In my many years of visiting the South Island for photography, I have flown on many flights in different locations with different companies, all of which have incredible and varying views. Here's some useful info on each one:
This was my first ever scenic flight in the South Island, needless to say I had my eyes on stalks the entire trip. The flight leaves from Tekapo so you have a chance to enjoy aerial views of both Lake Tekapo and Lake Pukaki on the journey towards Mt Cook. You then get to enjoy views of all the main peaks of Mt Cook National Park, a brief glimpse of the West Coast Glaciers as well as Hooker and Tasman Lakes, and the braided Tasman River valley on the return journey. Being my first ever flight, I was a bit of a novice and I'm not sure I really did the experience justice with my camera but I was still on a huge high from everything I saw.
Being able to fly in both a ski plane and a helicopter on the same trip was pretty unique, travelling in a ski plane on the way up and helicopter on the way back. This flight takes you up to the very top of Tasman Glacier and you land there to enjoy the views of the glacier which include incredible ice formations and pristine, deep powder snow. The snow was so deep in fact that I lost my sunglasses and my friend nearly lost her cellphone in it! On the return journey we passed so close to the top of Aoraki Mount Cook that I really felt I could have touched the peak.
This was a unique moment to experience, standing on Tyndall Glacier not long after the Australian bush fires and seeing the extent of the smoke that had drifted all the way across the Tasman Sea. It actually turned the ice on the glacier brown! The views of Mt Aspiring, the waterfalls cascading down below Rob Roy Glacier and the Matukituki Valley as we headed back to base were also amazing.
It was my first time seeing the Fiordland mountains from the air, and what an experience! We chose not to do the Cruise part of the trip having been out in Milford Sound on other occasions, instead enjoying the opportunity to visit Lady Bowen Falls up close (you can book a water taxi to get over the harbour at the Milford Sound terminal). For me, the highlight of this trip was flying right into the Lake Quill amphitheatre and seeing the sheer scale of the V-shaped mountain valleys stretching off into the distance (if you've watched Mission Impossible - Fallout you'll see this exact route in the movie). If you want to read a more detailed review of this flight, check out my post here.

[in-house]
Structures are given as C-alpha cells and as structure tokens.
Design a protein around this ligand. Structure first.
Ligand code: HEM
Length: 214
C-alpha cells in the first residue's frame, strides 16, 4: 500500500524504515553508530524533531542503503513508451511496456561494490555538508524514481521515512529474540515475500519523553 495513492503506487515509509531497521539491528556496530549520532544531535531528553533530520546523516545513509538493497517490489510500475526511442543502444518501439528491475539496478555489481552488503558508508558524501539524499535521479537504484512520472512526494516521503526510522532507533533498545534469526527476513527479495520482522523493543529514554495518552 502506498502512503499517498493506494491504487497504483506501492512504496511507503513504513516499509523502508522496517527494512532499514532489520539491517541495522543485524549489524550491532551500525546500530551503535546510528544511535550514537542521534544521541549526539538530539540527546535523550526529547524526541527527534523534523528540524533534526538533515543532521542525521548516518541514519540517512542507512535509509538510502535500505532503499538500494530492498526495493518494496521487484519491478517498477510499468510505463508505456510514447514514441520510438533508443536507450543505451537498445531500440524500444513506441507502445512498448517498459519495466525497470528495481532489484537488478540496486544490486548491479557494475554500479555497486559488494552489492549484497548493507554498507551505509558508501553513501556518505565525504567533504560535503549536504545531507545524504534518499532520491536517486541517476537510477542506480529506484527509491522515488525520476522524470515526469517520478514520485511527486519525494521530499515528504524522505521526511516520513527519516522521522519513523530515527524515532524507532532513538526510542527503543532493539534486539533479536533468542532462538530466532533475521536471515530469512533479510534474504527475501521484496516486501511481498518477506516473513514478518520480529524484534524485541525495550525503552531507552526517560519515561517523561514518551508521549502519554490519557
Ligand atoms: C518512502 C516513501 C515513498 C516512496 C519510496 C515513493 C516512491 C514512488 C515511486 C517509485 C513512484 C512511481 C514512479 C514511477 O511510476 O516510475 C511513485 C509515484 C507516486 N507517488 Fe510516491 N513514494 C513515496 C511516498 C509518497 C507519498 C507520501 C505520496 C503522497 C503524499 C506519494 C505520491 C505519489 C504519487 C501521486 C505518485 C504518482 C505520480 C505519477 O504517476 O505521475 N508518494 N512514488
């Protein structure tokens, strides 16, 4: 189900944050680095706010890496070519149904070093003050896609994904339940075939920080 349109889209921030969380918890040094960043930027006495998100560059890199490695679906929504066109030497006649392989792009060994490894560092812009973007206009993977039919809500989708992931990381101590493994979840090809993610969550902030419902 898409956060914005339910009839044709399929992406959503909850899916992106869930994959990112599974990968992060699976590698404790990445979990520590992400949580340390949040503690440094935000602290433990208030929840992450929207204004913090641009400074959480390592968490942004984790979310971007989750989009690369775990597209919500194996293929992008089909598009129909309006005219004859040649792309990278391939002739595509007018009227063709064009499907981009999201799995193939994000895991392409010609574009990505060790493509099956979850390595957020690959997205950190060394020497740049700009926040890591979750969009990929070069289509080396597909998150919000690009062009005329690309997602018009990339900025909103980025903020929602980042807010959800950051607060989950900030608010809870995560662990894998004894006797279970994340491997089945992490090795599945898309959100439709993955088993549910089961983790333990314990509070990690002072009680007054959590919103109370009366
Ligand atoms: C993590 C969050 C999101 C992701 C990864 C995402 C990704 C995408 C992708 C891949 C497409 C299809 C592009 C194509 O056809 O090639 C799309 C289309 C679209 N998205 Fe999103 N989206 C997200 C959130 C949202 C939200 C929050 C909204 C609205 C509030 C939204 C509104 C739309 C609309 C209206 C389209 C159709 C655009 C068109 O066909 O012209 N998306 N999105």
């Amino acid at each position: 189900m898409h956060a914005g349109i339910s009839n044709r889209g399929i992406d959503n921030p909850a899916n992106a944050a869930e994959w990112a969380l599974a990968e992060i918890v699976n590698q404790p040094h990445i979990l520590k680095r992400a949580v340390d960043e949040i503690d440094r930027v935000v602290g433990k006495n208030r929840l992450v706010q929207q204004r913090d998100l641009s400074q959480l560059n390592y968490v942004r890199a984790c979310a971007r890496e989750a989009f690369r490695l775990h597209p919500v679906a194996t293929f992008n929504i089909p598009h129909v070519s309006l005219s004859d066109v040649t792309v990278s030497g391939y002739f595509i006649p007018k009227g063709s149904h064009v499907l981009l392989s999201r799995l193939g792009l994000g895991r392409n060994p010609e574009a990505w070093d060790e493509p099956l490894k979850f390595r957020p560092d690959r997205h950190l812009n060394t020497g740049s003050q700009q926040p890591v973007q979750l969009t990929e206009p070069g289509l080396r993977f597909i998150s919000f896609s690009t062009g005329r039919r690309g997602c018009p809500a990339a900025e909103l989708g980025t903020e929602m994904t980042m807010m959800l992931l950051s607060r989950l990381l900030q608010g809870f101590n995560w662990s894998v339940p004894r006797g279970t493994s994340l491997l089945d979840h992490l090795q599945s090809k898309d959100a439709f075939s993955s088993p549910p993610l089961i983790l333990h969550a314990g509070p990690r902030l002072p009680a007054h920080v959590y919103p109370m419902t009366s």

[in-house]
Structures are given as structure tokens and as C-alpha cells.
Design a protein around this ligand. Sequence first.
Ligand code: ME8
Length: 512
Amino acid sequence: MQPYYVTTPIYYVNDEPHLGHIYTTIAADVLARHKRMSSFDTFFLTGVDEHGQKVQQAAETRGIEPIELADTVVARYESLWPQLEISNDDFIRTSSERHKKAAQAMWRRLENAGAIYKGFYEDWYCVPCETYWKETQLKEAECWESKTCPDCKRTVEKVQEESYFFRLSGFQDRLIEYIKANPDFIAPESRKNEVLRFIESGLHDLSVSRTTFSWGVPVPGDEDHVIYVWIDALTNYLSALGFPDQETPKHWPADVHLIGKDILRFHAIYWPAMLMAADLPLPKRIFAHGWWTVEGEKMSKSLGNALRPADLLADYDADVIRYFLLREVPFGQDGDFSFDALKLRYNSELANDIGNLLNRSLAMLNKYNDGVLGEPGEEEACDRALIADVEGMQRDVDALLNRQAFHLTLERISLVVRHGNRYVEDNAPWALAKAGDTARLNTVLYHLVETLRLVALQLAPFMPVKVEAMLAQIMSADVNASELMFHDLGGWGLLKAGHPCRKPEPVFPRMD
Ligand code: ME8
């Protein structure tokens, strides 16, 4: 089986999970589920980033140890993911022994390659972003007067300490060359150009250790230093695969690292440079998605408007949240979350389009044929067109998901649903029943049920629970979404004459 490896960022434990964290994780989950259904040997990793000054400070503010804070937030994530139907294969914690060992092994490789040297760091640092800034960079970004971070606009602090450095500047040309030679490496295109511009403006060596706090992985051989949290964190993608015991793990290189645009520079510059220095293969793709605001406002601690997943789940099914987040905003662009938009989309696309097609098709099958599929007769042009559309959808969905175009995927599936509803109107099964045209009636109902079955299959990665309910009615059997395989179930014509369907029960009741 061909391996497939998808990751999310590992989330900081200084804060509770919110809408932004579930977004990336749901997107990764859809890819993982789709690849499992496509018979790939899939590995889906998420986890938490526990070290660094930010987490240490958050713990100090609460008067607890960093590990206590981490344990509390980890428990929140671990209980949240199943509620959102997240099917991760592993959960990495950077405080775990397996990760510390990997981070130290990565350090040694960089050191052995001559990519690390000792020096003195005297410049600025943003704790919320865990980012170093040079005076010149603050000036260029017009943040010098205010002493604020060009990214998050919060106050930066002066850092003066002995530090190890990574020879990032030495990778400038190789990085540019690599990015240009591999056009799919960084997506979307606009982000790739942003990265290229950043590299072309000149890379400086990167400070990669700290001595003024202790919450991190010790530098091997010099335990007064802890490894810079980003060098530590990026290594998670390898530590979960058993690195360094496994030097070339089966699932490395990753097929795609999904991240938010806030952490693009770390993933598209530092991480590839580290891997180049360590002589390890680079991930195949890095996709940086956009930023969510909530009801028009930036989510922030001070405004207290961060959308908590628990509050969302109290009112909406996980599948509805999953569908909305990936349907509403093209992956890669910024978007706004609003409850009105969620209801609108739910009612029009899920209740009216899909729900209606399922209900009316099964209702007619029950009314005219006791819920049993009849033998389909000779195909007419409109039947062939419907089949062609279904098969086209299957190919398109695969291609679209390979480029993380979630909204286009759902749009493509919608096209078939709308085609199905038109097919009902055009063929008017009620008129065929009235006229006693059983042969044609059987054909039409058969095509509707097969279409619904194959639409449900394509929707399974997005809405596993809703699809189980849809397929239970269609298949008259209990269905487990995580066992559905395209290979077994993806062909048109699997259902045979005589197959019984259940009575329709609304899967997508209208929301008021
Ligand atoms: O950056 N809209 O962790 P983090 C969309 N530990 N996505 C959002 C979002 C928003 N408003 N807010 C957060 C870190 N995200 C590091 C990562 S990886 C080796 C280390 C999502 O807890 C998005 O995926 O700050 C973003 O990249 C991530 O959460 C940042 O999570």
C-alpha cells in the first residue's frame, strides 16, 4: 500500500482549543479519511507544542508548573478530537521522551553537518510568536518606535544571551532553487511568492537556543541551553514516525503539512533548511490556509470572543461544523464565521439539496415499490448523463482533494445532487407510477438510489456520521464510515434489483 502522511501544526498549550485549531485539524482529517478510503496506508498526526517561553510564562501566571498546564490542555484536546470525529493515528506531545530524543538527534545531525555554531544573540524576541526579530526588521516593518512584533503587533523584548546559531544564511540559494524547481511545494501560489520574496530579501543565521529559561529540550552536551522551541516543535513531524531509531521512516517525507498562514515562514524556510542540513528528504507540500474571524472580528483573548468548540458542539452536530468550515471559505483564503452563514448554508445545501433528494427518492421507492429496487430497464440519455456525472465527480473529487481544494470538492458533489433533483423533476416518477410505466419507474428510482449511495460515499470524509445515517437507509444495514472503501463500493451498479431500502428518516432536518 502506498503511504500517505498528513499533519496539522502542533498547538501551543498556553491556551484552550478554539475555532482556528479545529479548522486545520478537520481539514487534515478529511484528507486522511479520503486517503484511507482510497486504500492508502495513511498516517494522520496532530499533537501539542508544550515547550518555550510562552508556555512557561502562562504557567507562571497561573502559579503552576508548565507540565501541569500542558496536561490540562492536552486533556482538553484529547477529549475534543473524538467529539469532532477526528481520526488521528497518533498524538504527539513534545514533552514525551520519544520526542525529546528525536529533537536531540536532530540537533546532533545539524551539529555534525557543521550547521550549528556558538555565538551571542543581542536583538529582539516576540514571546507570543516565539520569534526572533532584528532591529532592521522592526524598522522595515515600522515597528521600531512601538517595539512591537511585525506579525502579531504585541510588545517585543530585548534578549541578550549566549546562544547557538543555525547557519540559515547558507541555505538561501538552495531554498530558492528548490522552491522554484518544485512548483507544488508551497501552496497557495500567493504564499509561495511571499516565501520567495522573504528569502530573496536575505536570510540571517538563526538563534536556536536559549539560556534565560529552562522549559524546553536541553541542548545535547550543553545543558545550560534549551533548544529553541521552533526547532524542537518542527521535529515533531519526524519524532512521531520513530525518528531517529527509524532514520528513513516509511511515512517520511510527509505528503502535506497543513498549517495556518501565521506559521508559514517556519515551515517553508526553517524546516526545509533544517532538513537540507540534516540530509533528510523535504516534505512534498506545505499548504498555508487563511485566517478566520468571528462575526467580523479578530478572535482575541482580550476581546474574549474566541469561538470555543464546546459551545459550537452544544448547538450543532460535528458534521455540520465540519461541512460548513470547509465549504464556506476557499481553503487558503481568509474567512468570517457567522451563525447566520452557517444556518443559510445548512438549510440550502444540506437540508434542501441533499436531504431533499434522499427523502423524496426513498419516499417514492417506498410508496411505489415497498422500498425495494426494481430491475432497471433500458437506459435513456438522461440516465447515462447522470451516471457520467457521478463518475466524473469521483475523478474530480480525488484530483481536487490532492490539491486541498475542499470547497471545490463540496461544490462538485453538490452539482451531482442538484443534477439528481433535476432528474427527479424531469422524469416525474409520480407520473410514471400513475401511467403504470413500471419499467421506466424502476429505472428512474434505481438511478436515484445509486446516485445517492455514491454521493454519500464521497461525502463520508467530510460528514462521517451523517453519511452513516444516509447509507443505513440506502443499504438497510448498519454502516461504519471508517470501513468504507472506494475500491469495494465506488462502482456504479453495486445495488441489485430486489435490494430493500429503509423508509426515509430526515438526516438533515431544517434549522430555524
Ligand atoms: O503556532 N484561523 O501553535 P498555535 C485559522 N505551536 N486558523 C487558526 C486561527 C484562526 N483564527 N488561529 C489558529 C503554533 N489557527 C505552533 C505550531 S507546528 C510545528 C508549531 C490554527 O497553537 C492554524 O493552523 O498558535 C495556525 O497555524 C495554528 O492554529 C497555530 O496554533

I was so wowed by my first experience flying to Milford Sound that I vowed to bring my husband the next time AND do it in winter with more snow on the mountains. So I returned a year later and took him on a belated birthday trip as we'd been in NZ's COVID lockdown on our actual birthdays. It was amazing to see the mountains with an icing sugar dusting of snow and on this flight path we were also able to get extensive views up and down the West Coast, as well as flying past Mt Tutoko, Fiordland's highest mountain.
Glenorchy Air - Mt Aspiring & The Glaciers Sunrise (1 hour 15 min, autumn, departs Queenstown)
This was a new flight introduced by Glenorchy Air over winter 2020 and I missed out on doing it that year, so when I had a few days spare in Queenstown after my Autumn workshop in 2021, it was top of my list of things to do. Mount Aspiring is one of NZ's most impressive peaks, often likened to the Matterhorn in Switzerland for its sheer angle at the top. Seeing the sun appear over the horizon and kiss the tip of the mountain was a pretty magical moment. We also flew back via Mt Earnslaw, over the Rees Valley and down the length of Lake Wakatipu on our return leg, and it was a truly incredible morning.
Lake Heron Station - Southern Alps Sunrise Flight (1 hour, winter, departs Lake Heron)
My most recent (and now my favourite!) flight was with Philip Todhunter, the owner of Lake Heron Station in his private plane while staying at the station. My 3 workshop attendees and I went on a sunrise flight with Philip, starting with a journey over the Rakaia River, followed by several loops around Mt Evans and Mt Whitcombe, and views of Aoraki Mt Cook in the distance as the sun came up. I think you'll agree from these images it was truly sensational light. We could also see all the way out to the West Coast, and deep into valleys with aqua lakes below. On the homeward leg, we flew back via Mt D'Archaic and the Ashburton Lakes (Lake Clearwater, Lake Camp and Lake Heron). What made this flight so special was the incredible hues before sunrise turning the sky pink, and then the golden light on the mountains after sunrise, memories that will live on in my images and mind's eye for years to come.
I hope that these tips and reviews are helpful for you planning your next flight in NZ. And if you have been on a different scenic flight that you recommend, I would love to hear about it!
Sign up to my newsletter to get all the good stuff!